Ginger contains Gingerol which has powerful anti-inflammatory properties. Ginger is known to boost bone health and relieve joint pain associated with arthritis. It can improve movement in osteoarthritis, knee inflammation, and rheumatoid arthritis.
Ginger can also reduce inflammation and muscle pain caused by exercise. In a study carried out by the University of Georgia, researchers administered raw and heat-treated ginger to two groups of 34 and 40 volunteers, over 11 consecutive days. The results, concluded that daily use of ginger supplements relieved exercise-induced muscle pain by 25%.
Ginger Improves Digestion:
Consuming ginger may help improve digestion. In addition, ginger may help increase movement through the digestive tract, suggesting that it may relieve or prevent constipation.
Its carminative properties promote the elimination of intestinal gas to prevent bloating and flatulence. People suffering from irritable bowel syndrome may find relief from the symptoms when they consume more ginger.
Ginger Helps Nausea:
Ginger is very good at subsiding various types of nausea and vomiting, including morning sickness in pregnant women, motion sickness in travelers, and even nausea in chemotherapy patients.
A study on adult cancer patients found that supplementing a daily dose of 0.5 to 1 gram of ginger before chemo, significantly reduced the severity of acute nausea in 91% of the participants.
Ginger Prevents Alzheimer’s Disease:
There is evidence that suggests that ginger could delay the onset of neurodegenerative diseases like dementia, Parkinson’s, and Alzheimer’s by reducing oxidative stress and inflammation. According to a study, ginger improved cognitive function in middle-aged healthy women. This shows that it can be used to improve cognitive decline among the elderly.
Ginger Benefits in cold or the flu:
Ginger works on treating asthma by inhibiting the enzyme that constricts airway muscles and by activating another enzyme that works to relax the airways. This is traditionally used against cold and flu. Fresh ginger shows potential antiviral properties against respiratory tract infections. It can be used in the form of tea for providing relief to sore throat and coughing.
Ginger Helps Relieve Asthma Symptoms:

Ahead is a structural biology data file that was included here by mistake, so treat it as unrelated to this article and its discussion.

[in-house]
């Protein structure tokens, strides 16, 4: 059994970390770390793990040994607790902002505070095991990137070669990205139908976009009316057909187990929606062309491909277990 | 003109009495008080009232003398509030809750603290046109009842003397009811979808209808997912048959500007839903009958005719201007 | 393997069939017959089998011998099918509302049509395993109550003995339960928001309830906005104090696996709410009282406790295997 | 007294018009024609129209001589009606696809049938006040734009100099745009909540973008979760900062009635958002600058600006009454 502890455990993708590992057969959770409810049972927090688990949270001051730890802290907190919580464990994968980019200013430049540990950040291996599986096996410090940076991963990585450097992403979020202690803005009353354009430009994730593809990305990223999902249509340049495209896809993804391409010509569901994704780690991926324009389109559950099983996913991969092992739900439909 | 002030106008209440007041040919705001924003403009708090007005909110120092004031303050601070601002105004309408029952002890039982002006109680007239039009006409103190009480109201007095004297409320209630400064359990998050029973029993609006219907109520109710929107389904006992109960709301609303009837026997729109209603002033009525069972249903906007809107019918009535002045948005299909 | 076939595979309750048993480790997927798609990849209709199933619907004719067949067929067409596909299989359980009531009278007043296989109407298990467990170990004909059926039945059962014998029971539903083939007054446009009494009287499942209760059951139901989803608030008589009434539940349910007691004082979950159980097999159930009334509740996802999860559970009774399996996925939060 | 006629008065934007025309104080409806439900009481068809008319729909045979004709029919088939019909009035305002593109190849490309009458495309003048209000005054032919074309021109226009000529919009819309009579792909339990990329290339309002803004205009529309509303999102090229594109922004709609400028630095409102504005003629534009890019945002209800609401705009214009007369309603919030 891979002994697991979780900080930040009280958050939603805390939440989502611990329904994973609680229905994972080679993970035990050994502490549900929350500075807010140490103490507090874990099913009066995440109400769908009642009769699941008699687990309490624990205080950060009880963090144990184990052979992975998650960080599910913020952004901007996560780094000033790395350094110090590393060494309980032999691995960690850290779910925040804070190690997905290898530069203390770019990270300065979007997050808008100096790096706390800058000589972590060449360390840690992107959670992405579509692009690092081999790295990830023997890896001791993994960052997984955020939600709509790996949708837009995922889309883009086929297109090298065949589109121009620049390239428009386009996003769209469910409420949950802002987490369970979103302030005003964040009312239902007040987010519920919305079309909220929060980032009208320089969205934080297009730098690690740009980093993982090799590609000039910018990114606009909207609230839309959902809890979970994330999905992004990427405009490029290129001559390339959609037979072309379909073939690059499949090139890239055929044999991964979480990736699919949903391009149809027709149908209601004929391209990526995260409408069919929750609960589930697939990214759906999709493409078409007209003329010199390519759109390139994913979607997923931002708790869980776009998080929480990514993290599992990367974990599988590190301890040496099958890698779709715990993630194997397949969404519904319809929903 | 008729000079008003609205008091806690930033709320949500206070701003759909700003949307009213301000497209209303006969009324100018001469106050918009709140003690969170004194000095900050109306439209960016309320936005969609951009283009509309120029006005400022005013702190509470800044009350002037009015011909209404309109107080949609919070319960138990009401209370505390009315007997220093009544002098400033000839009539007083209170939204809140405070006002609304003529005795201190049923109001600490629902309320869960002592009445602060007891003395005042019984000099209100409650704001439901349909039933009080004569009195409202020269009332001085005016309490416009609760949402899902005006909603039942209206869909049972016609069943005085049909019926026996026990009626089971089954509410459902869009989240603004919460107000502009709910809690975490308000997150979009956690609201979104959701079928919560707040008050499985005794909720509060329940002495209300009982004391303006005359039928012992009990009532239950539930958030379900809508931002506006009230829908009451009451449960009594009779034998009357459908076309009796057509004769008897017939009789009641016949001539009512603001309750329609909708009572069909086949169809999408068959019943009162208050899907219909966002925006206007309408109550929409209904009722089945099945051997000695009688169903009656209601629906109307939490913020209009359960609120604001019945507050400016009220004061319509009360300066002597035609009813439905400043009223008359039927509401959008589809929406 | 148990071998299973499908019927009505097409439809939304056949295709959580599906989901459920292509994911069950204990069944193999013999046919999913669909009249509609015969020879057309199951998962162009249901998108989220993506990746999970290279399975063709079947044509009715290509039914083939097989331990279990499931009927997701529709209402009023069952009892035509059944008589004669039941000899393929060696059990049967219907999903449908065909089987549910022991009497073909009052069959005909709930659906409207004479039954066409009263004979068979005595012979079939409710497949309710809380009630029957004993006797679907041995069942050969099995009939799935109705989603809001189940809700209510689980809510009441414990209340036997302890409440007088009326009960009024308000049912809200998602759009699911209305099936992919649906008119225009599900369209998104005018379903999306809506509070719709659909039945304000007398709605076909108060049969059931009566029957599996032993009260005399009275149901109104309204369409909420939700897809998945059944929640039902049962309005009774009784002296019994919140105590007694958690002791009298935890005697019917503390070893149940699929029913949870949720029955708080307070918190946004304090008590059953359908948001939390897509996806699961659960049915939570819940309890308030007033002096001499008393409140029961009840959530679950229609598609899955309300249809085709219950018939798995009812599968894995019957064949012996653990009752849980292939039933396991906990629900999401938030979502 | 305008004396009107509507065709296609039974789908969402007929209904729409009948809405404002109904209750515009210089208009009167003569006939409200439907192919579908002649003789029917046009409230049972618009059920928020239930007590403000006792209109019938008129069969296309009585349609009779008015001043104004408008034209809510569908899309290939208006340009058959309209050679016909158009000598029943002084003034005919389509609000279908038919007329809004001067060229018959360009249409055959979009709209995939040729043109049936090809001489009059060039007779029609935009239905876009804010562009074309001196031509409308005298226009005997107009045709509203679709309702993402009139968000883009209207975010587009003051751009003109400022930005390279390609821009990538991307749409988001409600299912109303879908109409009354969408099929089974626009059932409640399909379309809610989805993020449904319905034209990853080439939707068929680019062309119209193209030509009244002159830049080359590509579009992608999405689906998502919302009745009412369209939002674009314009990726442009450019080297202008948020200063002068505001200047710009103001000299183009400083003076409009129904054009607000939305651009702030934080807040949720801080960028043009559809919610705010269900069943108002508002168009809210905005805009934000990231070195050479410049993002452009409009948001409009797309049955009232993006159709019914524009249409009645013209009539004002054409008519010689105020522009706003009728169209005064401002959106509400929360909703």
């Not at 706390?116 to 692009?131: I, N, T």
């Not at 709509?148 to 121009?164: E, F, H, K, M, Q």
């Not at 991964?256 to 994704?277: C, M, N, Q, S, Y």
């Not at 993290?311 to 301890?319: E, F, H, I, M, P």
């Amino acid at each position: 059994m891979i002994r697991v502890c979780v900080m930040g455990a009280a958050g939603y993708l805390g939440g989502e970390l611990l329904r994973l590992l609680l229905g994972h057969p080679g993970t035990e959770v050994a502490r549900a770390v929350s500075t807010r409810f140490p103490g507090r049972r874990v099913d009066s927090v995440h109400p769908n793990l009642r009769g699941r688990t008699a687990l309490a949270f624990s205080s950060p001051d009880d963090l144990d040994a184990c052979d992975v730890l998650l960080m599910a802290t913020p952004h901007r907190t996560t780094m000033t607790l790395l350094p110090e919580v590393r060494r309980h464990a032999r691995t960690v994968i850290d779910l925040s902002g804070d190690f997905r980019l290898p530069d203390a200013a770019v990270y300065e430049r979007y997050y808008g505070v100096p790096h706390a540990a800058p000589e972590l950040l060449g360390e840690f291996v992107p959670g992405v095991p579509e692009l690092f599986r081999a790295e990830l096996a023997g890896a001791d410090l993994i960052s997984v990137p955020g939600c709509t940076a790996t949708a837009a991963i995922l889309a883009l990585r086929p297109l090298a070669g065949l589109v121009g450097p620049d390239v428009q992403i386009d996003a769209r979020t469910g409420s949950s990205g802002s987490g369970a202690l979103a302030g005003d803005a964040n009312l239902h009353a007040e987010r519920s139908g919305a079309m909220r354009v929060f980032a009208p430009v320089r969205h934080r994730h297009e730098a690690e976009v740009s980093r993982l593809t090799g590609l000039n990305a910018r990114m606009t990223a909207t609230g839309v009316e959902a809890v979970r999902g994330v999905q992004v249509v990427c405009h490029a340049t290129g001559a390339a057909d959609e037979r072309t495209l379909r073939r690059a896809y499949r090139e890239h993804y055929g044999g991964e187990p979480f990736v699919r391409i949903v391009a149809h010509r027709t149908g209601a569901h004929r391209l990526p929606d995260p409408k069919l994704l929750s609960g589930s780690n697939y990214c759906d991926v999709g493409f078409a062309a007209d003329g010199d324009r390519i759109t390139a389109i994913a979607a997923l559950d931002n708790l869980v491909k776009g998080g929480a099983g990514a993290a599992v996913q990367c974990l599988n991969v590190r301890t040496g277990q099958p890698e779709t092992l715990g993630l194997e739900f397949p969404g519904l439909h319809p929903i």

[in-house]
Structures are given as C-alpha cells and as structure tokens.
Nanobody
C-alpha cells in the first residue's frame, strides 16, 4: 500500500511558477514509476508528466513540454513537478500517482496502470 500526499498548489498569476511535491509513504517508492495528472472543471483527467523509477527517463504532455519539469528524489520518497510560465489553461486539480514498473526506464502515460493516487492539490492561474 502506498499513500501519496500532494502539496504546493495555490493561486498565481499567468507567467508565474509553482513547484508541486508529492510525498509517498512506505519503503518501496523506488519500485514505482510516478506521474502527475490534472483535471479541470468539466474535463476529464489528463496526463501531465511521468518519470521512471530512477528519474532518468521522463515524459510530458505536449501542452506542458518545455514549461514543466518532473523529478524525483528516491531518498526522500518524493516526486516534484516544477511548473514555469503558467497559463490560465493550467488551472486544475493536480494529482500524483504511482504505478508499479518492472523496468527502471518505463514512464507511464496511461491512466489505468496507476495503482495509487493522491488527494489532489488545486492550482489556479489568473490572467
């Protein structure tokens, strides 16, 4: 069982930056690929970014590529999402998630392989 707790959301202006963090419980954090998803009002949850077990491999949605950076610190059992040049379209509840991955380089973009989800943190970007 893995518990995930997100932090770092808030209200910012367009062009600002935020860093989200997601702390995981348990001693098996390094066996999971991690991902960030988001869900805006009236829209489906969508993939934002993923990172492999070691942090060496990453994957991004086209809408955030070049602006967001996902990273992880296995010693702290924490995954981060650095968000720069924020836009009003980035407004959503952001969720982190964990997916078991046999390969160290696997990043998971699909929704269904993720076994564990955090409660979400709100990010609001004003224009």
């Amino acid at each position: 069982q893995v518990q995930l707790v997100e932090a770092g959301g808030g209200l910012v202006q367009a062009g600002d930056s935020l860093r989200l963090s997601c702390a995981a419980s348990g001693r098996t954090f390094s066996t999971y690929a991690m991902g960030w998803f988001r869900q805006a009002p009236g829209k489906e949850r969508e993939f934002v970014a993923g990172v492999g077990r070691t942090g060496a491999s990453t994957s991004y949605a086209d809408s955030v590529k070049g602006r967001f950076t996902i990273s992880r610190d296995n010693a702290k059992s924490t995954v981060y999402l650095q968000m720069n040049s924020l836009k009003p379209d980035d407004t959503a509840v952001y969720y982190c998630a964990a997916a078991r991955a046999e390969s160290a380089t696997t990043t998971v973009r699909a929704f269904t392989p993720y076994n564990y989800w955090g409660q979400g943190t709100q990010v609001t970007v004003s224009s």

Zerumbone, an active compound, may help relieve asthma symptoms. Research shows that allergic airway inflammation is majorly caused by Th2 dominance and the spicy root is successfully able to suppress it.
Ginger Benefits Cardiovascular System:
Early studies suggest that it can decrease total blood cholesterol, improving blood health and reducing the chances of developing severe heart complications associated with hypertension, heart attack, stroke.
It’s consumption can also reduce levels of almost all other lipids in the bloodstream. HDL, LDL and triglyceride levels were shown to decrease in-line with the reductions in cholesterol when ginger was consumed.
It may also reduce the risk of blood clotting, thereby helping regulate hypertension and keeping your heart healthy.
Ginger Helps Relieve Muscle Pain:
Ginger is well-known for reducing muscle pain and soreness caused due to exercising. The potentially anti-inflammatory properties of this root are to be credited for this benefit. The study points out that ‘daily consumption of raw and heat-treated ginger resulted in moderate-to-large reductions in muscle pain following exercise-induced muscle injury.
Research has shown that ginger can provide pain relief from migraine headaches. Ginger works on migraines by blocking prostaglandins, which stimulate muscle contractions, control inflammation in the blood vessels, and impact some hormones.
Ginger for Sexual Health:
A known potential aphrodisiac, ginger was used in many cultures to arouse desire and enhance sexual activity. In Ayurveda it is recommended as an aphrodisiac. Its scent has a unique allure that helps in increasing fertility. This root also helps increase blood circulation.
Ginger Improves Dental Health:
Ginger is known to inhibit bacterial, viral, and fungal infections, owing to the presence of gingerol in it. It may also help in maintaining oral health by killing the pathogens in the mouth and keeping the teeth and gums intact. Its potential antibacterial properties may help ward off pathogenic bacteria that cause urinary tract infection (UTI), bronchitis, and pneumonia.
Effects of Ginger Supplementation on Cell Cycle Biomarkers in the Normal-Appearing Colonic Mucosa of Patients at Increased Risk for Colorectal Cancer: Results from a Pilot, Randomized, Controlled Trial (nih.gov)
The influence of ginger (Zingiber officinale) on human sperm quality and DNA fragmentation: A double-blind randomized clinical trial – PubMed (nih.gov)Antibacterial activity of -gingerol and -gingerol isolated from ginger rhizome against periodontal bacteria – PubMed (nih.gov)